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Title: Determining the efficacy of a usage-based language intervention in the early years : a non-randomised pilot stud
Authors: Trębacz, Anastasia Grace Sophia
Issue Date: 2021
Publisher: Newcastle University
Abstract: Introduction Language skills are crucial for positive social, emotional, academic and economic outcomes across the lifespan. Whilst most children acquire language relatively easily, a number of children experience difficulties. Early intervention can mitigate the risks associated with poor language skills, and the importance of evidence-based intervention is widely recognised by Speech and Language Therapists. Despite this, there are few robustly evaluated language interventions for young children. Building Early Sentences Therapy (BEST) is a complex language intervention designed to support children to understand and produce two, three and four clause-element sentences (McKean et al., 2013). This thesis presents a non-randomised quasi-experimental study of BEST with sign, BEST without sign and Treatment as Usual with four key goals: 1) to evaluate the efficacy of BEST, 2) to assess the use of sign as an ‘active ingredient’, 3) determine the effect sizes from goals 1 and 2, and 4) to inform further evaluation. Methods Schools were assigned to three treatment arms matched with respect to classroom oral language environment and socioeconomic status. Participants were 3;5-4;5-year-old children with expressive, receptive or mixed language difficulties below the 16th centile. The intervention was 16 sessions of BEST with or BEST without sign. The TAU group received their usual classroom provision. Children’s outcomes on production, comprehension, content and morphology on targeted and non targeted language structures were measured. Results Visual trends showed improvement for children receiving BEST. There was evidence for the efficacy of BEST compared to TAU for Production, Content and Morphology outcomes. There was also evidence that BEST with Sign improved outcomes further for Production and Sentence Morphology outcomes. Content Analysis of teacher feedback led to the generation of recommendations for future studies evaluating BEST. Discussion Children receiving BEST make progress with production, content and morphology outcomes. The role of sign in further supporting progress is positively indicated. A further trial of BEST is warranted.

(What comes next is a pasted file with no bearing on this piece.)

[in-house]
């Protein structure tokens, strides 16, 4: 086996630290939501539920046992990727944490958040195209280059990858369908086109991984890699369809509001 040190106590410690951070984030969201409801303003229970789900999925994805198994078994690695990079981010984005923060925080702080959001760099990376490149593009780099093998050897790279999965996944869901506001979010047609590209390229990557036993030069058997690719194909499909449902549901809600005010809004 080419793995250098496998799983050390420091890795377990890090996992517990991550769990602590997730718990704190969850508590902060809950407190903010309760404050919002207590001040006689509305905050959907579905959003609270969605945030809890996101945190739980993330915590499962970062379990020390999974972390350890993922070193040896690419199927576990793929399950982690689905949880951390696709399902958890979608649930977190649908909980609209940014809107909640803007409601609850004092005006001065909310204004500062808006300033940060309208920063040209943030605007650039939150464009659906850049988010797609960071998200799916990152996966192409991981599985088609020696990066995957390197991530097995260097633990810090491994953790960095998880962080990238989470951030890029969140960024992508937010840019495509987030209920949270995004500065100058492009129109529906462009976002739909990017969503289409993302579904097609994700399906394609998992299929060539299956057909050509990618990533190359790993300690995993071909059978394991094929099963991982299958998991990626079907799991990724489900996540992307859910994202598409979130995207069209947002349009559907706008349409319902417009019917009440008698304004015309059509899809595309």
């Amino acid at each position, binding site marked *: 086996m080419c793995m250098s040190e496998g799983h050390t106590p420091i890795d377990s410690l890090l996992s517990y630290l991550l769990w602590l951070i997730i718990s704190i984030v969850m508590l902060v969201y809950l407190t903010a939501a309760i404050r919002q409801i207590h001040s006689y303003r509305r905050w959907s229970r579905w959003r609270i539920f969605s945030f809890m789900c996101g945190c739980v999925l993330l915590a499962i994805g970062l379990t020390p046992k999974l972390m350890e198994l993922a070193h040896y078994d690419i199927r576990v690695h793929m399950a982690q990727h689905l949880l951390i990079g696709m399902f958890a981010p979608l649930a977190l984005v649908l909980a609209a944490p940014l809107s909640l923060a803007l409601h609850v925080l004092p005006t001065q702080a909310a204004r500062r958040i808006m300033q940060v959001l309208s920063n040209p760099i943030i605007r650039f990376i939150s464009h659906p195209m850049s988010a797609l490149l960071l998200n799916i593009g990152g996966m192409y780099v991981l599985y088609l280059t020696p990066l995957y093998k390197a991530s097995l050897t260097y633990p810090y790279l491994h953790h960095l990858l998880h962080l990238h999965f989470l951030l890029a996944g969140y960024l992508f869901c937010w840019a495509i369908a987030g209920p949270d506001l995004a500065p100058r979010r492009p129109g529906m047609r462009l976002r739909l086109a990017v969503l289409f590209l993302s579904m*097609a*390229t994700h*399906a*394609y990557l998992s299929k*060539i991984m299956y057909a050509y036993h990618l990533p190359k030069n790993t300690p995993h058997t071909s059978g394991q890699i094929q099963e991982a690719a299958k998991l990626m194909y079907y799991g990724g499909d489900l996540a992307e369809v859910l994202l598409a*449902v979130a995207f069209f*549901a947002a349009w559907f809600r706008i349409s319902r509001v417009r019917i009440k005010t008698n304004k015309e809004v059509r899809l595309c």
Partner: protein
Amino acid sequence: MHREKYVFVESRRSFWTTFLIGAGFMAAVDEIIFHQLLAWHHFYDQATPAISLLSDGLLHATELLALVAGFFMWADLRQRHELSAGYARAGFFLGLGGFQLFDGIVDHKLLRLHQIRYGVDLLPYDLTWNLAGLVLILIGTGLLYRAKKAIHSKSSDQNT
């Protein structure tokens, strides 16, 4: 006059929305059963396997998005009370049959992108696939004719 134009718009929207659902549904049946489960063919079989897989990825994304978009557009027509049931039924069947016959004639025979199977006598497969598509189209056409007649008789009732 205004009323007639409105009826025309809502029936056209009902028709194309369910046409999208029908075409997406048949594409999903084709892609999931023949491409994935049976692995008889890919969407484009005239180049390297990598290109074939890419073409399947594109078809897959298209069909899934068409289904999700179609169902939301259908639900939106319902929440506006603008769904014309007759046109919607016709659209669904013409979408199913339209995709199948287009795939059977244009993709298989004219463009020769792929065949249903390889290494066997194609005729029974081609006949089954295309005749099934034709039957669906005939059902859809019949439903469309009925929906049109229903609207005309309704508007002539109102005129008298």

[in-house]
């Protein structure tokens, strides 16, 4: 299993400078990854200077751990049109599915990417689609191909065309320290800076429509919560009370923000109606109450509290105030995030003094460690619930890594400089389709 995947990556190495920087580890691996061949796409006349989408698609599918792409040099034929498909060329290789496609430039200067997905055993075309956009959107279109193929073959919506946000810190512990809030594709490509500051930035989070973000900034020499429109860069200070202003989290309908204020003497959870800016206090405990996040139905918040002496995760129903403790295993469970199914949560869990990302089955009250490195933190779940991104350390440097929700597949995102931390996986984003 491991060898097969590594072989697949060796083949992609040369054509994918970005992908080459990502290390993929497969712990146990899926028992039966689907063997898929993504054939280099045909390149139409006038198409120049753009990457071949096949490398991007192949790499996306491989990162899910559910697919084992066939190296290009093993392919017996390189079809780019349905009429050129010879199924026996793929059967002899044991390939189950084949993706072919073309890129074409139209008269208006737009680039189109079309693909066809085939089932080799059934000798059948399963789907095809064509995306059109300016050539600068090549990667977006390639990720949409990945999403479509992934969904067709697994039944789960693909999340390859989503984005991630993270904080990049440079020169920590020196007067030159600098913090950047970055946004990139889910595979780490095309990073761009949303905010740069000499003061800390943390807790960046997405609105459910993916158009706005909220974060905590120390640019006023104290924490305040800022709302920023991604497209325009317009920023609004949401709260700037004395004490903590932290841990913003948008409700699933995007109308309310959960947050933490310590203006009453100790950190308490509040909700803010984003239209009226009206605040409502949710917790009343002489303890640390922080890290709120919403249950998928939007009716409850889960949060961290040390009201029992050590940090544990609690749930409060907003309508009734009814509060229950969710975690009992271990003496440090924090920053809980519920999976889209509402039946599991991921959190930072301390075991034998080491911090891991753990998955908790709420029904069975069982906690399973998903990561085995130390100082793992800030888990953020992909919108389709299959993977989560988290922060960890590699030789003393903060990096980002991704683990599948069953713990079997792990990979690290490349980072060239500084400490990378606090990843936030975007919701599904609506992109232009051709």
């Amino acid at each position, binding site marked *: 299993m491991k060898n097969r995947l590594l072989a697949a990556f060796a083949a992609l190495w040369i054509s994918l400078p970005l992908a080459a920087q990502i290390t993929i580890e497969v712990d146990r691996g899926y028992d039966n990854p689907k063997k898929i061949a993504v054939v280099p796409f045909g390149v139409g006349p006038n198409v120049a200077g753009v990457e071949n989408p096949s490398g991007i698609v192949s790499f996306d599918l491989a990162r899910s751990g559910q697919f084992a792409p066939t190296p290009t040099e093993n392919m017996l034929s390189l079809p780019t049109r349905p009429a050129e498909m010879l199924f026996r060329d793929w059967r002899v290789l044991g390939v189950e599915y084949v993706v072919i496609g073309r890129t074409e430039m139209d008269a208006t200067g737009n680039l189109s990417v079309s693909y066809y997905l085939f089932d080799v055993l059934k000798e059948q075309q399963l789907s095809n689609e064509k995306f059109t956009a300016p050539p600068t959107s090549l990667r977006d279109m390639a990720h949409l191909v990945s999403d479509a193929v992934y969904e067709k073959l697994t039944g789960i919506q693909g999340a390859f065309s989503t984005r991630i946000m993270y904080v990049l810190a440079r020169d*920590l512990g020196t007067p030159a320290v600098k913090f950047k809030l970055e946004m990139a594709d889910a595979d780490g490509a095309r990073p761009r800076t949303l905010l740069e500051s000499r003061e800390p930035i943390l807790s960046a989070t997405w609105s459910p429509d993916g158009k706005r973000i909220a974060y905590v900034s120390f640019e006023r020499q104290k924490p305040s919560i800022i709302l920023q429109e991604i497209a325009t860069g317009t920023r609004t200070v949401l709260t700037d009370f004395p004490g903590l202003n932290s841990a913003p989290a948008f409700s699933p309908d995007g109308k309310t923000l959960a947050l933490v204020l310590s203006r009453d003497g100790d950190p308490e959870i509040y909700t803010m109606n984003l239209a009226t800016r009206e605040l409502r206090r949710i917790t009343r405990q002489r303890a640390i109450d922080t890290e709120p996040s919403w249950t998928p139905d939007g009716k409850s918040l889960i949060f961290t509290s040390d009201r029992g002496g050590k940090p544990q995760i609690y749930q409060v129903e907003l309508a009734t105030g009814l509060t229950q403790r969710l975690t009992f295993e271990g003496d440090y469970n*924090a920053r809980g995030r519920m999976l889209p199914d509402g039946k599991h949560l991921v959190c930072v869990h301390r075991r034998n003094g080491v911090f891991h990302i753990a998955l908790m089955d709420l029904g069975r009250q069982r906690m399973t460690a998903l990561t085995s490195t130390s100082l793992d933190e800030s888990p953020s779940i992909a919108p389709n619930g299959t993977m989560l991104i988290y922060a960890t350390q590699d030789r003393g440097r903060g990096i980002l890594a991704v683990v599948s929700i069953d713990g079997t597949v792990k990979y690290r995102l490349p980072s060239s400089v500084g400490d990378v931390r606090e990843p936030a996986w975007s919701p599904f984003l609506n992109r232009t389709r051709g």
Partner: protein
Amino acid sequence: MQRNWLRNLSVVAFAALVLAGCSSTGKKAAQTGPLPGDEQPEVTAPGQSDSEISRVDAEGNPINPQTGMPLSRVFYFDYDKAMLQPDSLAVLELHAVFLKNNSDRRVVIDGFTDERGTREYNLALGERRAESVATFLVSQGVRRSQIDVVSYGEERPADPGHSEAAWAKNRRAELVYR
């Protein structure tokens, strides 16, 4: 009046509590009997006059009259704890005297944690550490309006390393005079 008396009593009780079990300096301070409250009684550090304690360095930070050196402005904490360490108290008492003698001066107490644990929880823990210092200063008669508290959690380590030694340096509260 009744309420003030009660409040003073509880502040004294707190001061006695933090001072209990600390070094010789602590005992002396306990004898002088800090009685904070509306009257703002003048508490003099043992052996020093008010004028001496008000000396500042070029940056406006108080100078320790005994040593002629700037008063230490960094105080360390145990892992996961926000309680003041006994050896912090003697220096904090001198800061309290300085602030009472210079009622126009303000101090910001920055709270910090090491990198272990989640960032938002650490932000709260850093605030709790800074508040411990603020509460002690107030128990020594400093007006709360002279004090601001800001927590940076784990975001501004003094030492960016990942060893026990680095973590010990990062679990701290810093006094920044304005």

Description: PhD Thesis
Appears in Collections:School of Education, Communication and Language Sciences

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